The NTSB report about the crash of American Airlines Flight 1420 discusses whether an EMAS would have mitigated the severity of the accident, but concludes, based on testimony from a representative of an EMAS manufacturer, that
...the benefit of an EMAS in this accident would have been limited by the airplane traveling partly outside the runway edges; thus, the airplane would not have been able to use the full length of the EMAS. The report also concluded that an EMAS would have reduced the speed of the airplane by 15 knots but would not have enabled the airplane to stop within runway 4R’s runway safety area. [report page 64/PDF page 78]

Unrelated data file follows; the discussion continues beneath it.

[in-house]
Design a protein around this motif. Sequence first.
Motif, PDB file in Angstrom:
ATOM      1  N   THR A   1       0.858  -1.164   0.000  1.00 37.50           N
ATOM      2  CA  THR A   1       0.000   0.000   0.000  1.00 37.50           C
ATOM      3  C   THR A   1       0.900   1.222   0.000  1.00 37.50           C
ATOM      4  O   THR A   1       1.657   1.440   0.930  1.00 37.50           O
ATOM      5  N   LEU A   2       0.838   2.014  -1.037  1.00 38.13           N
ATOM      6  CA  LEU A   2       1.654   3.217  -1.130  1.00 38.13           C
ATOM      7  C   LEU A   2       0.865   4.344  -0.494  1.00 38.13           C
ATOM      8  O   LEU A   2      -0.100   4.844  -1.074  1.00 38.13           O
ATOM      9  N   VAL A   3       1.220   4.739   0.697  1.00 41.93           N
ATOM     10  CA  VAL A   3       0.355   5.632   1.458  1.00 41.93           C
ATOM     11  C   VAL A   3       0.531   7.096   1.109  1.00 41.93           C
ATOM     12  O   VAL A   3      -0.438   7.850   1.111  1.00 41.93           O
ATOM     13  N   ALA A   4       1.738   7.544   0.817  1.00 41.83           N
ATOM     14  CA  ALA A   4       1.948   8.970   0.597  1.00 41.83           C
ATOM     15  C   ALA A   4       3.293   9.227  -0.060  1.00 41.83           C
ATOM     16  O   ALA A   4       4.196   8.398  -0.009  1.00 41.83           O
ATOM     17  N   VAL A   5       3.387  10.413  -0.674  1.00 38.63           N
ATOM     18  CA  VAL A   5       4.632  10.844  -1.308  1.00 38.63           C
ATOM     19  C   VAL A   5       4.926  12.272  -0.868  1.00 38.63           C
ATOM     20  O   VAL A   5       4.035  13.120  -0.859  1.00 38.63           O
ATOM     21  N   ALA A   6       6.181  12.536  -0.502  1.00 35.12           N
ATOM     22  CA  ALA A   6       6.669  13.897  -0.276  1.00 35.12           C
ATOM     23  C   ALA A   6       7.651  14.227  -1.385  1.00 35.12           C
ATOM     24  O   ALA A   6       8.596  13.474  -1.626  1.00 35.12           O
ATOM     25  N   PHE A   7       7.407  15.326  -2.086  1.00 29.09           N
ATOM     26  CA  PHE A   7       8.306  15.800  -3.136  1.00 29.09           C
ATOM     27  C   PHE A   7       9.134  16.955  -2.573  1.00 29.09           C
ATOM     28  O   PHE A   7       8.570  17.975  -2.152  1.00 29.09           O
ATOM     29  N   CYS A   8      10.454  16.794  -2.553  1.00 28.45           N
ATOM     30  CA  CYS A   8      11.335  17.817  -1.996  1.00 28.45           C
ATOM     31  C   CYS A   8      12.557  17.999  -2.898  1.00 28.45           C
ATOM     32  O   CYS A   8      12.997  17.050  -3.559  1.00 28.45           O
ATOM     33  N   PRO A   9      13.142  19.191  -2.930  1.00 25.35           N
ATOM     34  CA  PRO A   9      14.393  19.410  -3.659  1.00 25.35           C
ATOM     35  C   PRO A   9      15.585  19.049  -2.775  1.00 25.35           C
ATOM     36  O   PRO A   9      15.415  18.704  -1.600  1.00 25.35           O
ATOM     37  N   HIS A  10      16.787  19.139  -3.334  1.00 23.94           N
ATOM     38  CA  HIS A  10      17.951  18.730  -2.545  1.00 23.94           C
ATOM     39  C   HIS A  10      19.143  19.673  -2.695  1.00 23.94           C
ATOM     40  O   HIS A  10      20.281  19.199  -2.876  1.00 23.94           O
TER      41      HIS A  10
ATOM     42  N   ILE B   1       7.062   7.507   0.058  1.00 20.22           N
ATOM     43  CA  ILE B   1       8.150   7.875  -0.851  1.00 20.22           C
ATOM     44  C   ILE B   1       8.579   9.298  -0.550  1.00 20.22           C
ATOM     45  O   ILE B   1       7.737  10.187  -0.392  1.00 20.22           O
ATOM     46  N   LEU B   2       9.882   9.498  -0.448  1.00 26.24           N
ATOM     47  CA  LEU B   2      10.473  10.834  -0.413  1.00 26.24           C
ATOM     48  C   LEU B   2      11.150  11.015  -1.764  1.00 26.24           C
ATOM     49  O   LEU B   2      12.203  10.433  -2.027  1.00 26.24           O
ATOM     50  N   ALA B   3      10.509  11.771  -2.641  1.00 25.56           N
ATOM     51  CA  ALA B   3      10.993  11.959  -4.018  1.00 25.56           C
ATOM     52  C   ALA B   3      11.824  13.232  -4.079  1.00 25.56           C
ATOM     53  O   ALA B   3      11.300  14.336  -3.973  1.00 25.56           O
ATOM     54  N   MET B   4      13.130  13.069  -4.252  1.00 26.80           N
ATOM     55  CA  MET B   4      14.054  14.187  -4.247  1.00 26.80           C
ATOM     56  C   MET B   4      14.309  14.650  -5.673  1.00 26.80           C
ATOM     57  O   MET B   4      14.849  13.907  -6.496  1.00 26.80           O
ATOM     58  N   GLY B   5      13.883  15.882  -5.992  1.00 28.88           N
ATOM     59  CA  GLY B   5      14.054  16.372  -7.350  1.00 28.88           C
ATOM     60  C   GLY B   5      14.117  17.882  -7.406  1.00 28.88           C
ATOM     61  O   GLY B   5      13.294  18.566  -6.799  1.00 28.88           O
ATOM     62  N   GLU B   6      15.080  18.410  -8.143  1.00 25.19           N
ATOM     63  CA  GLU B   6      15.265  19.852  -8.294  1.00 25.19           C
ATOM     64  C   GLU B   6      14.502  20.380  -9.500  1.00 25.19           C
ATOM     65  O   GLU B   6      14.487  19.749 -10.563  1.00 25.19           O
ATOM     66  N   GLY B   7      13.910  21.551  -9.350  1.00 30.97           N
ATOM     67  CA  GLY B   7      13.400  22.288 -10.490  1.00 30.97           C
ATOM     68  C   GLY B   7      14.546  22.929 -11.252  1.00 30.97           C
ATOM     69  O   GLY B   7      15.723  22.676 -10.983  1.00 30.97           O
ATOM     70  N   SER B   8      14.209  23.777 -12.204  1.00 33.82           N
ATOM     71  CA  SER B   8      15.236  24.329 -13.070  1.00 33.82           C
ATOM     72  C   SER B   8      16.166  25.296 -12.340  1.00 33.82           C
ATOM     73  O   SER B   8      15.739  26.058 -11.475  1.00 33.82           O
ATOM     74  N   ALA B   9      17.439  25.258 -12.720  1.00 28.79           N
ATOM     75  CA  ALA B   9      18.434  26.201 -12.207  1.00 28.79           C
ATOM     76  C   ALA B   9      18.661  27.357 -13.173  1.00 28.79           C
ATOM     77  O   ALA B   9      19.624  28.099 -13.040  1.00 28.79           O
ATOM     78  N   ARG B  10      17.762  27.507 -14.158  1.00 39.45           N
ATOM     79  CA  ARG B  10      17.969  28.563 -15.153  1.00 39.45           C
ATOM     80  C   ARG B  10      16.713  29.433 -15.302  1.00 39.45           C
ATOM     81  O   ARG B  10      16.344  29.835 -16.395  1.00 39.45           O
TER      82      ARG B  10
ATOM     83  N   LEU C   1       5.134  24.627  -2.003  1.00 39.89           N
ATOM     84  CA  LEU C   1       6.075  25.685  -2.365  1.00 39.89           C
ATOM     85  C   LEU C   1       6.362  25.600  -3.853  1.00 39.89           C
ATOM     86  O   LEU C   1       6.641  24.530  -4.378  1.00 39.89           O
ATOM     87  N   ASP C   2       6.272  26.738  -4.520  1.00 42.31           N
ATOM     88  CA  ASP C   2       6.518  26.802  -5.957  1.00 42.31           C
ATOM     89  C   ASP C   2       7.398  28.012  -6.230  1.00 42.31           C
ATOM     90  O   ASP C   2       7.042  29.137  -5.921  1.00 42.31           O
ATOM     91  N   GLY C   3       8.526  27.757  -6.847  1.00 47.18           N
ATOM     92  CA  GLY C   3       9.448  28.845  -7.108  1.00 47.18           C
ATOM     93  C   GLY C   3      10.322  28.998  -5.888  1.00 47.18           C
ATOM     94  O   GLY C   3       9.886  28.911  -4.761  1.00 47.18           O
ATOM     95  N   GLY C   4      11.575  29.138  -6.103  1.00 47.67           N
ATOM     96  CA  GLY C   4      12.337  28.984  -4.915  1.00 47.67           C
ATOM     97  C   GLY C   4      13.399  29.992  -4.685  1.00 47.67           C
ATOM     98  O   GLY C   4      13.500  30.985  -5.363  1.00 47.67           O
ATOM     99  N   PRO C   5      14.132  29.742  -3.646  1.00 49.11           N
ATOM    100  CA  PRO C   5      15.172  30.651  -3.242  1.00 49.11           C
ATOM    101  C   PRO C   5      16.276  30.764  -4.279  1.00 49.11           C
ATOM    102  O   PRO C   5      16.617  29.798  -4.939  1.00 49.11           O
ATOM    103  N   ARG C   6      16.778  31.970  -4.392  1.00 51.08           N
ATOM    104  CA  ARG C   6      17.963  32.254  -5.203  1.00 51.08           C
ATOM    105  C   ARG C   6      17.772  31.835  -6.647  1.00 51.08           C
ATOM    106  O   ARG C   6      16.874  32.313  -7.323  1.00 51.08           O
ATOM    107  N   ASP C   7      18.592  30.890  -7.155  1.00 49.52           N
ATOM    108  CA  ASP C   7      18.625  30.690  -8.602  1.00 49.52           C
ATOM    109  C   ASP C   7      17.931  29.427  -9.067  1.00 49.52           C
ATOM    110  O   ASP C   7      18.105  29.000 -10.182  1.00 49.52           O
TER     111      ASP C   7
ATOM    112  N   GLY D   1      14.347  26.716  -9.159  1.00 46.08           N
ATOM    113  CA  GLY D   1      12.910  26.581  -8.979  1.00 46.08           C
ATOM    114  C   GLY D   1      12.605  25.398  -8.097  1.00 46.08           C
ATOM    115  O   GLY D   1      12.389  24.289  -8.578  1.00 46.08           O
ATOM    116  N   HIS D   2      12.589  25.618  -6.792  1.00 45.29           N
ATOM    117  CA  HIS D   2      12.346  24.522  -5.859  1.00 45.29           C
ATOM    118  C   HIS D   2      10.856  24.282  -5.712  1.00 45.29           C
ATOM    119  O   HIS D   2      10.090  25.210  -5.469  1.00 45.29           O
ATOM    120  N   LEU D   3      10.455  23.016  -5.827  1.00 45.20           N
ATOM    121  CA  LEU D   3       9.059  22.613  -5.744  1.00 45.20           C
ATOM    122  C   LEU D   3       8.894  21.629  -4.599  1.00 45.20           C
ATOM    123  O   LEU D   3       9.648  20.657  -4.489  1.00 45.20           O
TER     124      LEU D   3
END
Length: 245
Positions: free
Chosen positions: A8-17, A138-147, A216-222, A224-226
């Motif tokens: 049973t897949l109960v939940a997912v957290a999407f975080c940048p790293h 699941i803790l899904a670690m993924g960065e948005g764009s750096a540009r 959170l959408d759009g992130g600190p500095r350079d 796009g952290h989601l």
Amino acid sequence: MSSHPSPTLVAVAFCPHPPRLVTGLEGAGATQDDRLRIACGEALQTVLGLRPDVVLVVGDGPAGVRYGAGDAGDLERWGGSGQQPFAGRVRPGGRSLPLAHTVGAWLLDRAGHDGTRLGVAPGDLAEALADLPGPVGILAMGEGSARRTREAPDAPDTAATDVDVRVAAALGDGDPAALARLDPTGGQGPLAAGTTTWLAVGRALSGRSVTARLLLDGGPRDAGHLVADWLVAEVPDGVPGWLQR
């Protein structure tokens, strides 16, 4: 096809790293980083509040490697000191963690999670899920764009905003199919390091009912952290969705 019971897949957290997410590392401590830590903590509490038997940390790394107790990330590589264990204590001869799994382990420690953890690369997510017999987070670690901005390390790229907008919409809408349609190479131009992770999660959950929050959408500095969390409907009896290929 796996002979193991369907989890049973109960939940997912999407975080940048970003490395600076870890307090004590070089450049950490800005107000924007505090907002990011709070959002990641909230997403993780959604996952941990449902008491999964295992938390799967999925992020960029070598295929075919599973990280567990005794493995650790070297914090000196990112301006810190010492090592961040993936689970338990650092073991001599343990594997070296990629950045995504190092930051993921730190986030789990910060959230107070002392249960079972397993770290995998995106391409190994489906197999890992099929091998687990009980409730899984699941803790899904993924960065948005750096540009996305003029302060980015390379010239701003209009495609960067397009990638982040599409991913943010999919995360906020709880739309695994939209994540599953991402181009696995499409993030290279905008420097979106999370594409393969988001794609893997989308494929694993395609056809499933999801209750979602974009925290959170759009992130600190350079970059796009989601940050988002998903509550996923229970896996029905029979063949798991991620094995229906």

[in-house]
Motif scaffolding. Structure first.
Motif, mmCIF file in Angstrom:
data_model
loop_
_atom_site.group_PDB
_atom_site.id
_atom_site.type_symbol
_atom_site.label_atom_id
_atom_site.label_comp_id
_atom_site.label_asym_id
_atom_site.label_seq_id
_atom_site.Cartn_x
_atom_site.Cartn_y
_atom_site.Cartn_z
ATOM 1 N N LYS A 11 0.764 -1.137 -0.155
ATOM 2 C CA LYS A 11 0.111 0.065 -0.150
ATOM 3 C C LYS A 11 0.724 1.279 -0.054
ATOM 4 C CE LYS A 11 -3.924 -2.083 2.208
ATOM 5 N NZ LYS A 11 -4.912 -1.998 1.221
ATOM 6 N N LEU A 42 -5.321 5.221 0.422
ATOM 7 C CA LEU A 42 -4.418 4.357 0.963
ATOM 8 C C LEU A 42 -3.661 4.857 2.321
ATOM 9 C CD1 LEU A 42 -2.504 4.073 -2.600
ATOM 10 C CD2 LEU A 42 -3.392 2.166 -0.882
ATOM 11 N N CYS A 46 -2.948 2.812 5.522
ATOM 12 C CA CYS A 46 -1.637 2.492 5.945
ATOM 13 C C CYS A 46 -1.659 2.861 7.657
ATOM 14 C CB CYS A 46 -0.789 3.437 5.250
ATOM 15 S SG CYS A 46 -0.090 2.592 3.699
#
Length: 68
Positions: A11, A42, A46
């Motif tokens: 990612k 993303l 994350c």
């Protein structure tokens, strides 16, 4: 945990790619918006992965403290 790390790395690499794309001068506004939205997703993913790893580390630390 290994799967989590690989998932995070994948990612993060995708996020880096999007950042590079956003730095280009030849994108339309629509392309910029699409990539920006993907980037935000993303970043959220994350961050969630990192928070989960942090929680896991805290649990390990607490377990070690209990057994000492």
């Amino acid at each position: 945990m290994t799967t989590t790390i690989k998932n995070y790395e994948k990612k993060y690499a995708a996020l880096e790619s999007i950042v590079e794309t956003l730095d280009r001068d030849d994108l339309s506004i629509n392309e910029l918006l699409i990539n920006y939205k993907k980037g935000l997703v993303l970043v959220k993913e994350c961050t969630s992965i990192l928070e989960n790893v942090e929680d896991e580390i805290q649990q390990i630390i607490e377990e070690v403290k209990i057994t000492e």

What I’m not seeing is any reason why an EMAS would have to be confined to the extended track of the runway; extending it from the ends up along the sides of the runway would provide additional protection for aircraft sliding off, or partly off, the sides of the runway (such as AA1420):
(Aircraft tracks shown in these images are merely examples of possible runway-excursion trajectories, and are not intended to represent any specific flights in particular.)
Am I missing something here?